Image credit (Above): Automóvil Club de Moldavia (ACM)
Last September, the Government of the Republic of Moldova approved amendments to the National Road Regulations mandating that all school zones should have a default maximum speed limit of 30km/h.
With the policy now in place, there is work to be done to transform every school zone in the country to ensure that they comply with the new regulations and reap the many benefits that slower speeds bring. Indeed, when paired with safer infrastructure and more inclusive street design, 30km/h speed limits not only mean safer school zones, they also contribute to better air quality and more liveable streets for everyone.
With the support of the FIA Road Safety Grant Programme and UNICEF Moldova, the ACM are using the Star Rating for Schools App to assess three schools in three cities in the north of Moldova – Balti, Ungheni and Singerei – and implement safe and low-cost ‘tactical urbanism’ interventions to demonstrate how simple infrastructure upgrades can support 30km/h speed limits.
So far, in Singerei, the project has targeted the “Dimitrie Cantemir” Theoretical High School which is located in a busy area where a high number of pedestrians share space with a high flow of motorised traffic travelling at an average speed of 60km/h. Previously, the only means of accessing the school was via a busy road with a single, faded zebra crossing situated on a corner. Unregulated roadside parking close to the crossing, particularly during peak hours when children are arriving at or leaving school, was further obscuring visibility making access particularly difficult.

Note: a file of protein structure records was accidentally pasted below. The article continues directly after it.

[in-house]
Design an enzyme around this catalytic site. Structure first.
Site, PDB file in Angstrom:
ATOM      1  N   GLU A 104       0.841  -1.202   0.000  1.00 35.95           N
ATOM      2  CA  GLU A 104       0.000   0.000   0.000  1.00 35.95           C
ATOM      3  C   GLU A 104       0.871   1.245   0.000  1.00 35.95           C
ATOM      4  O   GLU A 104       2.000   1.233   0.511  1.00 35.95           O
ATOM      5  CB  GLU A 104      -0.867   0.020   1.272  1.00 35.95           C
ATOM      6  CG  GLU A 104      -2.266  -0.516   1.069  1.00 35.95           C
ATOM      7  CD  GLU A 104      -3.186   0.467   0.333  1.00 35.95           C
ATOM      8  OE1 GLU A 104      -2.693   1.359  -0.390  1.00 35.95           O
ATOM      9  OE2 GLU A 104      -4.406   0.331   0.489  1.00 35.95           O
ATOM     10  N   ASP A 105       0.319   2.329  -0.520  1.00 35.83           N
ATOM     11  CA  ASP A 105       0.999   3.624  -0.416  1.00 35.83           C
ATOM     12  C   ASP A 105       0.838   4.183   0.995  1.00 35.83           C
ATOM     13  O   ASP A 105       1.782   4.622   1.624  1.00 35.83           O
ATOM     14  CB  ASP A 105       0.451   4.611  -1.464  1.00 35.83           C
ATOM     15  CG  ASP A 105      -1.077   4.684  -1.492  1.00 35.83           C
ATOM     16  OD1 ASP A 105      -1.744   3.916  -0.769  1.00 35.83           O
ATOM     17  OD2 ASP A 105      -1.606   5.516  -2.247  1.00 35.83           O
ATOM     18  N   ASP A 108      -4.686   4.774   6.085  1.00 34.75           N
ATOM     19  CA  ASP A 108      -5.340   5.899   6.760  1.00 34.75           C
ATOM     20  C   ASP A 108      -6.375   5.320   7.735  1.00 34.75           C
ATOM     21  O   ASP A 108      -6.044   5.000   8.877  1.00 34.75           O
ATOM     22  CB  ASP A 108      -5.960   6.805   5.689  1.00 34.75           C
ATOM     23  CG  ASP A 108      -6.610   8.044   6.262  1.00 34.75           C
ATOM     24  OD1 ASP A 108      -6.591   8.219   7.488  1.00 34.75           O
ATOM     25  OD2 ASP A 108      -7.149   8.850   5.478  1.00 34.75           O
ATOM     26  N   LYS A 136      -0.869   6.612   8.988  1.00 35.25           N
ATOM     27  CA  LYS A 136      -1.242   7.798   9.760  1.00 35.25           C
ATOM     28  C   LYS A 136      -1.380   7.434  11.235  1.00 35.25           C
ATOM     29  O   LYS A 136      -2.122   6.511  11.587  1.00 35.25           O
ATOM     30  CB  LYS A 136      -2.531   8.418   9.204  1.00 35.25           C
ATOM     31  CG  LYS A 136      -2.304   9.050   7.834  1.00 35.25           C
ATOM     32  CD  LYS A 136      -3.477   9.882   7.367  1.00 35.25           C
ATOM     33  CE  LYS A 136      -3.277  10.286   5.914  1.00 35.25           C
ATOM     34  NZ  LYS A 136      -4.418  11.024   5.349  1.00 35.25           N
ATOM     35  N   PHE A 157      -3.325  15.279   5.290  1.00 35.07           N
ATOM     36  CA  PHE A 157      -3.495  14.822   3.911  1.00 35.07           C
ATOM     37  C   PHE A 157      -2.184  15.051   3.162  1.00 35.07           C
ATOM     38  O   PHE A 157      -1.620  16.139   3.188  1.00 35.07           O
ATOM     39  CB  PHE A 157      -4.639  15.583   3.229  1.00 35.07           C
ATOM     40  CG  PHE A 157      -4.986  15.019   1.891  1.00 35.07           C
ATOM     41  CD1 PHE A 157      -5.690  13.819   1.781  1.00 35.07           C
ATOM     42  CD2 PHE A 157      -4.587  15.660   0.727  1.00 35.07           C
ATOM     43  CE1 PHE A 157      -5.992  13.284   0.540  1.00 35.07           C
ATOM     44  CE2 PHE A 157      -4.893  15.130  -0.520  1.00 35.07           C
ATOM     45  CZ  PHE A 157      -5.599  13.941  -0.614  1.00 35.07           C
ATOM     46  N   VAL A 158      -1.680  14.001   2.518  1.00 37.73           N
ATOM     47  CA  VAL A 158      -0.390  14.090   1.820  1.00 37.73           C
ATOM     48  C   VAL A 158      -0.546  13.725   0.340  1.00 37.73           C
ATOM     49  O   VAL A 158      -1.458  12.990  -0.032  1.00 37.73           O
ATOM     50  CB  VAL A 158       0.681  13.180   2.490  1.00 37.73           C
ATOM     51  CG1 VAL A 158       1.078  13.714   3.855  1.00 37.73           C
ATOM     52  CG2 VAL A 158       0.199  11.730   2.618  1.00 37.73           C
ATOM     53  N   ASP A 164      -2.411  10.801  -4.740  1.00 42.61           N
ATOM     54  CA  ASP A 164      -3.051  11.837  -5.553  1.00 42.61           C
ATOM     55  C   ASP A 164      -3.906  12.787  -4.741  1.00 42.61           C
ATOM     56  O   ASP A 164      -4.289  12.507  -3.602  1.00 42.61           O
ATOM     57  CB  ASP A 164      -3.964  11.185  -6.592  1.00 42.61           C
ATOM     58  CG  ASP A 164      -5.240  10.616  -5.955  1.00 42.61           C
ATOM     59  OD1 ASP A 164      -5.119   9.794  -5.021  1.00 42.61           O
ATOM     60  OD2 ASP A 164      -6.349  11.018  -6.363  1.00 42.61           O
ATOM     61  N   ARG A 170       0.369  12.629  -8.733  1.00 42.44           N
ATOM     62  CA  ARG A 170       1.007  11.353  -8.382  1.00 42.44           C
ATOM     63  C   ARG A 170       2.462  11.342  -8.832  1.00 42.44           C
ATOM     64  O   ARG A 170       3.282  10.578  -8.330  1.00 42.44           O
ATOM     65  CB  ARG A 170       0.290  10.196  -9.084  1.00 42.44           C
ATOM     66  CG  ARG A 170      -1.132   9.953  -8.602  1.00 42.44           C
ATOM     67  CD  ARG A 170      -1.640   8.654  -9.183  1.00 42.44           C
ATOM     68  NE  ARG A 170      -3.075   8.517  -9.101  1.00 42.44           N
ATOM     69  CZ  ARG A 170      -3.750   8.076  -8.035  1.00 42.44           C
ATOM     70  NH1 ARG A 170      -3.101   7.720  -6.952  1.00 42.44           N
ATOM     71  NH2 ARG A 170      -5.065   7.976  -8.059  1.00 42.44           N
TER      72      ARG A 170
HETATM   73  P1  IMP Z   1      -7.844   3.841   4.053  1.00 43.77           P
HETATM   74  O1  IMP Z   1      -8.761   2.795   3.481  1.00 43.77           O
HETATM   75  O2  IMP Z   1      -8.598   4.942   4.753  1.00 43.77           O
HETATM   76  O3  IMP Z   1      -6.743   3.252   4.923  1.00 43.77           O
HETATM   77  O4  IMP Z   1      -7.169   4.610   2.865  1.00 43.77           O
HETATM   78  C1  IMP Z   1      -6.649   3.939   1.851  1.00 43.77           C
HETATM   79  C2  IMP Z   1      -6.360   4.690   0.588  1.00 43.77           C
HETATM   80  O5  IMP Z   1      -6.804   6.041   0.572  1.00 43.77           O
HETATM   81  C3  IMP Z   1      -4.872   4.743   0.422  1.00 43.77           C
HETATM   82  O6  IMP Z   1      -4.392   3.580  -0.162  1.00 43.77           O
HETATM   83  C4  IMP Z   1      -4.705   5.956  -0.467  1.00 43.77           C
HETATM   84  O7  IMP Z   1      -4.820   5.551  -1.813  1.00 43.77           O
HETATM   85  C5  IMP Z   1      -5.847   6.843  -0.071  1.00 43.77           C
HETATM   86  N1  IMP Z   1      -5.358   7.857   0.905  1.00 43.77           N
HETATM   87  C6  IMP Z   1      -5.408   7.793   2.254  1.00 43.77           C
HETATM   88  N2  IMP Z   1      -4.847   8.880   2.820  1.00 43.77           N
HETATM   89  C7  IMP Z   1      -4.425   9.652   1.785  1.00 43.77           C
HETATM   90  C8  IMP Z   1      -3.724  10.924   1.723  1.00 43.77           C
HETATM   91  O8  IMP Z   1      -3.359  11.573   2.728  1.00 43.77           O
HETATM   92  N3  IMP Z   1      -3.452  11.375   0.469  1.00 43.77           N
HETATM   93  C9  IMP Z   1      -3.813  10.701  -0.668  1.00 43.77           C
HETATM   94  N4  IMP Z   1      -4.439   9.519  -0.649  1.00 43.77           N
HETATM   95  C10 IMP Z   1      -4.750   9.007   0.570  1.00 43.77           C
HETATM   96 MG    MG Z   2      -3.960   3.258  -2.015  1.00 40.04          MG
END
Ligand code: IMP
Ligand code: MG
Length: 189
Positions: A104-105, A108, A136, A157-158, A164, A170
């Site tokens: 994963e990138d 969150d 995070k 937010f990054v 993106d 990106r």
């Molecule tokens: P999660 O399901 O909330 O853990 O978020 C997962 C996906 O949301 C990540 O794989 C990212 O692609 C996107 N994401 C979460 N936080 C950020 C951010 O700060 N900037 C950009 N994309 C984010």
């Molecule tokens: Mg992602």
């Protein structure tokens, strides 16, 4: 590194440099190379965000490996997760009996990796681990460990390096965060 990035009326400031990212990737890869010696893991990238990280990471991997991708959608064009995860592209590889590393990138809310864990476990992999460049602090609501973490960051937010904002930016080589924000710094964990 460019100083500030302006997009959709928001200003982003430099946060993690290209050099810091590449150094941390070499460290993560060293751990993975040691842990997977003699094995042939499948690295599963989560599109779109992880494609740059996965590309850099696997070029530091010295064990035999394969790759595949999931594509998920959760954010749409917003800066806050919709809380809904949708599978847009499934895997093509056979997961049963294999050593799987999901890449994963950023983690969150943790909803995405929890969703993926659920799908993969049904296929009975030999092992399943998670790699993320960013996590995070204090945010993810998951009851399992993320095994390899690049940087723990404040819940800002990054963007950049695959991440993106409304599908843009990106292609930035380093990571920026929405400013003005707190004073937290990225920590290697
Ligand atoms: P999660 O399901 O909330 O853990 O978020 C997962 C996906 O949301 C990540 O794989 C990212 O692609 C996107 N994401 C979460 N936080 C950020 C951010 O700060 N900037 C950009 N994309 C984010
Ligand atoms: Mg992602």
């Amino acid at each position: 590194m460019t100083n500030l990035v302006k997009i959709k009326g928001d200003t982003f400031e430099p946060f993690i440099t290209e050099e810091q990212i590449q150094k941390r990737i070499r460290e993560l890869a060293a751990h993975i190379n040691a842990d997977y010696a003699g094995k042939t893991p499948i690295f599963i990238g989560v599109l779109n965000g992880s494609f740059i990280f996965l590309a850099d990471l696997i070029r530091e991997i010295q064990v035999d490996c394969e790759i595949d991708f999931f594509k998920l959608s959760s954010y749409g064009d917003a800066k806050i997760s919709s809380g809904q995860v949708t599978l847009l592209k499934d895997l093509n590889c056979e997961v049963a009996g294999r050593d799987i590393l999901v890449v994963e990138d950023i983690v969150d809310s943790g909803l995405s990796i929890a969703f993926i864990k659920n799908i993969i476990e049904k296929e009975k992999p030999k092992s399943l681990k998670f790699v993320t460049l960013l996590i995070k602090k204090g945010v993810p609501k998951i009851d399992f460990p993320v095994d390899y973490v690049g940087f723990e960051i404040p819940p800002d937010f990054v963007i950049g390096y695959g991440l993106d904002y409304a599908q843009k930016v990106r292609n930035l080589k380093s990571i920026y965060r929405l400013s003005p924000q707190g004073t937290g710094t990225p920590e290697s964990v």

To address these issues, teachers, parents, and students have been working closely with the ACM and local municipal authorities to install a set of interventions to help improve the crossing and manage speeds. This has included using plastic bollards to narrow the crossing distance and prevent parking, applying reflective markings and coloured paint to highlight the area as a school zone, installing high visibility road signs, and lowering the kerb to make it more accessible.
Community engagement in the project has been vital to better understanding the needs of those who use this crossing every day, meeting these needs, and ensuring that the work has local support. Involving children from the school also gives them a sense of ownership, encouraging them to use the crossing more and potentially even mobilising them as future advocates for road safety.
With work in Balti and Ungheni still underway, the project has already opened a dialogue with local authorities and traffic police on how to ensure schools zones in the region are made safer not just through speed limit reductions but also through improved infrastructure and street design. With the support of EASST and FIA Foundation, the ACM are aiming for at least 35% of schools in Moldova to have upgraded speed management infrastructure by 2025.